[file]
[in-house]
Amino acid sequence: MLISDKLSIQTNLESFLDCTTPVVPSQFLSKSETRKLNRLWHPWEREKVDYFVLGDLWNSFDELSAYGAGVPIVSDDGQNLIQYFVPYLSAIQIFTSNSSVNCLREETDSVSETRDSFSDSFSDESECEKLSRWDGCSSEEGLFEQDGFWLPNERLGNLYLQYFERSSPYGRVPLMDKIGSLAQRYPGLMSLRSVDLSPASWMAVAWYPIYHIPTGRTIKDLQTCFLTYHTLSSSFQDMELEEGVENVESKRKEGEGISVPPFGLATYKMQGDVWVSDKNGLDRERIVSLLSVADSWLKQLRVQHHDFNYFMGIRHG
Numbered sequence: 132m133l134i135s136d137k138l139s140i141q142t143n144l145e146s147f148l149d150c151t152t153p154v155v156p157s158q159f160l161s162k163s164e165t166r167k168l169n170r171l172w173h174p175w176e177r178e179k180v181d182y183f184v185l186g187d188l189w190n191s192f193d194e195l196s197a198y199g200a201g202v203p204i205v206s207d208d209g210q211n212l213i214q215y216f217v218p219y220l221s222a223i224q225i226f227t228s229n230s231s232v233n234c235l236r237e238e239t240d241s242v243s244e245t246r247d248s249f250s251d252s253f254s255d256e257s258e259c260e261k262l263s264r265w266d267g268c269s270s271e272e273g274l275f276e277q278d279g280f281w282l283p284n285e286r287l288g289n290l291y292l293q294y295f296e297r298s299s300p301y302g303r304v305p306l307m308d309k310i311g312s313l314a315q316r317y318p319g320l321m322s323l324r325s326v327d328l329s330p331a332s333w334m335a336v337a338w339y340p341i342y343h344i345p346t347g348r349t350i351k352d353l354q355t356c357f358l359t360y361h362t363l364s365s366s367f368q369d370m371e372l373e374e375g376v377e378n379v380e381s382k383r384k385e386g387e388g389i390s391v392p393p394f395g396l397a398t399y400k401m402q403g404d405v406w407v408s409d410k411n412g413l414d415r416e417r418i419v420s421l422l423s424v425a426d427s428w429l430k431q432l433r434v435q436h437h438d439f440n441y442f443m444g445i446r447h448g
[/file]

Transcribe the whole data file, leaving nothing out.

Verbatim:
[in-house]
Amino acid sequence: MLISDKLSIQTNLESFLDCTTPVVPSQFLSKSETRKLNRLWHPWEREKVDYFVLGDLWNSFDELSAYGAGVPIVSDDGQNLIQYFVPYLSAIQIFTSNSSVNCLREETDSVSETRDSFSDSFSDESECEKLSRWDGCSSEEGLFEQDGFWLPNERLGNLYLQYFERSSPYGRVPLMDKIGSLAQRYPGLMSLRSVDLSPASWMAVAWYPIYHIPTGRTIKDLQTCFLTYHTLSSSFQDMELEEGVENVESKRKEGEGISVPPFGLATYKMQGDVWVSDKNGLDRERIVSLLSVADSWLKQLRVQHHDFNYFMGIRHG
Numbered sequence: 132m133l134i135s136d137k138l139s140i141q142t143n144l145e146s147f148l149d150c151t152t153p154v155v156p157s158q159f160l161s162k163s164e165t166r167k168l169n170r171l172w173h174p175w176e177r178e179k180v181d182y183f184v185l186g187d188l189w190n191s192f193d194e195l196s197a198y199g200a201g202v203p204i205v206s207d208d209g210q211n212l213i214q215y216f217v218p219y220l221s222a223i224q225i226f227t228s229n230s231s232v233n234c235l236r237e238e239t240d241s242v243s244e245t246r247d248s249f250s251d252s253f254s255d256e257s258e259c260e261k262l263s264r265w266d267g268c269s270s271e272e273g274l275f276e277q278d279g280f281w282l283p284n285e286r287l288g289n290l291y292l293q294y295f296e297r298s299s300p301y302g303r304v305p306l307m308d309k310i311g312s313l314a315q316r317y318p319g320l321m322s323l324r325s326v327d328l329s330p331a332s333w334m335a336v337a338w339y340p341i342y343h344i345p346t347g348r349t350i351k352d353l354q355t356c357f358l359t360y361h362t363l364s365s366s367f368q369d370m371e372l373e374e375g376v377e378n379v380e381s382k383r384k385e386g387e388g389i390s391v392p393p394f395g396l397a398t399y400k401m402q403g404d405v406w407v408s409d410k411n412g413l414d415r416e417r418i419v420s421l422l423s424v425a426d427s428w429l430k431q432l433r434v435q436h437h438d439f440n441y442f443m444g445i446r447h448g